​Google patents way to give robots personalities - and mimic the dead

Google has designed a system to store and distribute personalities to robots.
Written by Liam Tung, Contributing Writer

The idea of a robot with a personality isn't new, if mostly one confined to science fiction, but if a recent Google patent is realised, that idea could take one step closer to reality.

According to the patent, Google hopes that robots could in the future be given multiple and transferable personalities that mimic traits of living people -- or even potentially those of the deceased.

A robot based on a deceased person is just one incarnation imagined in a US patent recently granted to Google for "methods and systems of robot personality development".

The patent outlines ways that mobile devices, cloud computing and robots packed with sensors could be used to spin up a personality profile for a given user or which may be selected by the robot itself based on a certain cues or circumstances, or selected by the user.

"The robot may be programmed to take on the personality of real-world people (e.g., behave based on the user, a deceased loved one, a celebrity and so on) so as to take on character traits of people to be emulated by a robot," the patent notes.

Would such robots, imbued with the personality of a deceased loved one, help a grieving person ease the pain of loss, say by allowing them to interact with something more tangible, instead of just looking at a photo or revisiting other momentos? Or would it just traumatise the person left behind?

If such a robot was to bother the user, in Google's patent, the robot would likely recognise the problem and adopt a completely different "personality" stored in the cloud.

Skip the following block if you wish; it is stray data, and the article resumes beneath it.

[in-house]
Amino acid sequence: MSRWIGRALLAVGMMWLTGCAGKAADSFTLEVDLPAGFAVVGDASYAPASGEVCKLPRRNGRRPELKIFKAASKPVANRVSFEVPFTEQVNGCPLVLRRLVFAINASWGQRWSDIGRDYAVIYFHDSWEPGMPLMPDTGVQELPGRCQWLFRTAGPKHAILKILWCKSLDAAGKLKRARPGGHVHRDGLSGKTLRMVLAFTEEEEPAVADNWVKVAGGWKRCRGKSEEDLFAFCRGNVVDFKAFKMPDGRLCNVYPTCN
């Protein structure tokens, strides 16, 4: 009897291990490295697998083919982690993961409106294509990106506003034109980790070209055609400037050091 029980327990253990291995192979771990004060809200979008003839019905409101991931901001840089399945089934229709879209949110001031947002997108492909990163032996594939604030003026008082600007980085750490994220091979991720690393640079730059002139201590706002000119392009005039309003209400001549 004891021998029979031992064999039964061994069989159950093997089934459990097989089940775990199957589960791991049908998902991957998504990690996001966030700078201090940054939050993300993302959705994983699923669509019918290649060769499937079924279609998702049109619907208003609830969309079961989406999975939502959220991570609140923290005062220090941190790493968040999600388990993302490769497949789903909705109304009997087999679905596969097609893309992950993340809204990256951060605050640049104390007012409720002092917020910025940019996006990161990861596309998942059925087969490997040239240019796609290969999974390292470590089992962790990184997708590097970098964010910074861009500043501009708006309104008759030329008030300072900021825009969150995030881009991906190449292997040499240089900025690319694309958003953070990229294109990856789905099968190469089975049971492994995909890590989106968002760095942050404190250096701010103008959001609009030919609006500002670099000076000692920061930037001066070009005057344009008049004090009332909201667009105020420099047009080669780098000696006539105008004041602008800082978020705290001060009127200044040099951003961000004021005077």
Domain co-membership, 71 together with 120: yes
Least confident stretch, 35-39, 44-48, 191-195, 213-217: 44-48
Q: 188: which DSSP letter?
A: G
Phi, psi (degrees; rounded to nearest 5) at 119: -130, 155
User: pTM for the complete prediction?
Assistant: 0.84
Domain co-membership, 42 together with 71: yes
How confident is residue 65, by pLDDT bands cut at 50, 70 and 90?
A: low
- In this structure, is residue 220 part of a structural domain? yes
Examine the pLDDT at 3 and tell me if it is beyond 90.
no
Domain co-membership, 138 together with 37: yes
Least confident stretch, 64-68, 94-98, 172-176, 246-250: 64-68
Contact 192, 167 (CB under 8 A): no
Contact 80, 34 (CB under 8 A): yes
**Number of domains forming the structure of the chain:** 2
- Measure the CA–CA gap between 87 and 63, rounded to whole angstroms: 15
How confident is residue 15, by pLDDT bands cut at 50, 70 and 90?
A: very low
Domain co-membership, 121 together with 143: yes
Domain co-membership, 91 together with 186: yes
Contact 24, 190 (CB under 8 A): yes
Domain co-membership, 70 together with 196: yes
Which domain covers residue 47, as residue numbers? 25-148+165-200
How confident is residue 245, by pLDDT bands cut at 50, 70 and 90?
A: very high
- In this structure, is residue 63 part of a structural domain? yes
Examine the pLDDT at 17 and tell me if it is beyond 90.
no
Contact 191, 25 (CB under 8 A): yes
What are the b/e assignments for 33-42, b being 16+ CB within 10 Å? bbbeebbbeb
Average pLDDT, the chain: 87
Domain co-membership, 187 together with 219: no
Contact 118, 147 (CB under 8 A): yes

Google's system for robotic personalities
Image: Google

"The robot personality may also be modifiable within a base personality construct (i.e., a default-persona) to provide states or moods representing transitory conditions of happiness, fear, surprise, perplexion (e.g., the Woody Allen robot), thoughtfulness, derision (e.g., the Rodney Dangerfield robot), and so forth. These moods can again be triggered by cues or circumstances detected by the robot, or elicited on command."

According to Google, in the context of robots, personality is merely "personification in the sense of human characteristics or qualities attributed to a non-human thing".

The patent also explores how to distribute personalities to soft and hard robots, with the former seeing personalities loaded to an application robot. Meanwhile the personality in a physical body could easily be cloned, transported, or stored providing "a kind of teleportation capability for the robot".

Google describes several ways mobile devices, cloud computing, and the robot could be configured to operate, where in some cases the mobile handset operates as a the "brain" of the robot", which could be physically attached or wirelessly connected.

With personalities stored in the cloud, Google offers a number of ways users could configure their robots.

"Adoption of a personality, or some personification attributes, could be more direct, such as a simple user command to adopt a character by name: "Be mom"; "Become Gwynneth"; "Adopt persona Beta." The character (personality) may be a program already stored, or it could be something in the cloud. If the later, the robot would interact with the cloud to pull sufficient information regarding the "new" persona to thereby recreate a simulacrum for the robot. The information for the persona could also come from a user device. Such as, in response to a "Be mom" command, "mom" may not be known to the robot. The robot processor can then search user devices for information about "mom."

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